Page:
Varaždin, a town of 50,000 inhabitants located 30 kilometres north of Zagreb, served as Croatia's capital for a few years during the 18th century. Around ten kilometres south of the town lies Varaždinske Toplice, to which the Romans were attracted from the 1st century AD onwards due to the presence of sulphur-rich natural springs in the area.
The Zagorje region attracts spa treatment enthusiasts in large numbers. There are actually several spa resorts located in the area's hills, at the towns of Krapinske Toplice, Stubicke Toplice and Tuheljske Toplice. The various pools at these spas are fed by natural hot springs, offering a delightful experience for visitors.
There are also baths and water therapy treatments to enjoy at Varazdinske Toplice too. Additionally, the town also contains the ruins of a spa built by the Romans in the first century AD, and which was still in use up until the 4th century. The town was then known as Aquae Iasae. The rectangular pool built at the time, which is fed by water at 58 °C, still steams to this day. It now has tarpaulin awnings over it in places. If you visit the neighbouring town, you will see a statue of Minerva Medici, the patron goddess of the site.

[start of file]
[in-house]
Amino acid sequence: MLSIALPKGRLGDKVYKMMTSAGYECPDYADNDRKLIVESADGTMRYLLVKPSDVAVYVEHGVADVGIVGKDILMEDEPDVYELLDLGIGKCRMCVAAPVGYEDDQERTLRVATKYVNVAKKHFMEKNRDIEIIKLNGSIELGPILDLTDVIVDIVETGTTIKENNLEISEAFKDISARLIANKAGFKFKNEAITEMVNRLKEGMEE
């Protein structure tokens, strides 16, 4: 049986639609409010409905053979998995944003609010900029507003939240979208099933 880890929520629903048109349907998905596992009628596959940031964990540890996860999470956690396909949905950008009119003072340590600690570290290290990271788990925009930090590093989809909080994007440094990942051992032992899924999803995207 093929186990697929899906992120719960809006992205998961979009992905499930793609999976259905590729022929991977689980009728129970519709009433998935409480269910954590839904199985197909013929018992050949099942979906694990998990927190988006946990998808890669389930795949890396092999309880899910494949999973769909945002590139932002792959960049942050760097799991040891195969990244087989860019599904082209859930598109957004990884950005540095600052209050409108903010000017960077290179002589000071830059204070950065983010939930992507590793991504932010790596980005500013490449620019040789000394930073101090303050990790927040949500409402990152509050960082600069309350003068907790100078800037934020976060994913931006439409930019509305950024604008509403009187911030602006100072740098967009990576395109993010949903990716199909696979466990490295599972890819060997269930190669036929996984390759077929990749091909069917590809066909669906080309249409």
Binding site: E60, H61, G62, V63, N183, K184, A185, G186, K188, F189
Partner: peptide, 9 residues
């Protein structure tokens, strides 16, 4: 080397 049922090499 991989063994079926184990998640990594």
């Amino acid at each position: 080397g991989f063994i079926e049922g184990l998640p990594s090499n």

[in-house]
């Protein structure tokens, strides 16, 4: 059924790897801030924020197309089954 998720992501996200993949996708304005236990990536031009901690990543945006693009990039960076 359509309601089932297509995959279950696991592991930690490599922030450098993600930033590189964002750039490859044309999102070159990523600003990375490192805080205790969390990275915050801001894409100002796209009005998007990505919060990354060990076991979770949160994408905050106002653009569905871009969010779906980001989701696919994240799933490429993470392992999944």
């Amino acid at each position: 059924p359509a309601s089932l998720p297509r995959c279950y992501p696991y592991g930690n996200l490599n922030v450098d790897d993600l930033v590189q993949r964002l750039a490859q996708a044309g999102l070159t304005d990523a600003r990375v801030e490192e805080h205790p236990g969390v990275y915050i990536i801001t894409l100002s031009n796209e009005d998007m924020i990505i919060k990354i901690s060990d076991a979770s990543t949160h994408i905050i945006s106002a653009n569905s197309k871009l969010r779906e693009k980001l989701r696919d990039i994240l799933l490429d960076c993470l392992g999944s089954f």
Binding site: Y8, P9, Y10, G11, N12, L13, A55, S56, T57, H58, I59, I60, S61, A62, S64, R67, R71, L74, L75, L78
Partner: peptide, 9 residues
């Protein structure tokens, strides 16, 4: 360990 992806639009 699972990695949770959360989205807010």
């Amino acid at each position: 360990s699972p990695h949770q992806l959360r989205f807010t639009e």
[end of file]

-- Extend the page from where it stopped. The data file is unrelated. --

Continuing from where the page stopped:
After visiting the spas, you will be in fine shape to visit Varaždin and its ancient centre, Starigrad, which lies surrounded by high, limewashed walls. The fortress was constructed at the beginning of the 14th century to protect the town from the threat of Ottoman invasion and has been regularly maintained over the years, resulting in the perfect condition in which is to be found today. Some of its architectural features are typical of the Renaissance period. Additionally, it houses a wonderful museum, which I found fascinating to look around.
After that, I fully recommend continuing your exploration of Varaždin with a stroll around its streets and squares; it is a very pretty town simply brimming with churches and baroque style buildings. It is easy to see why it was chosen as Croatia's capital in 1767. That honour didn't last long however: a fire in 1776 resulted in Zagreb becoming the capital from that point forward. Though well deserving of its inscription as UNESCO World Heritage, Varaždin has since remained relatively obscure and little known.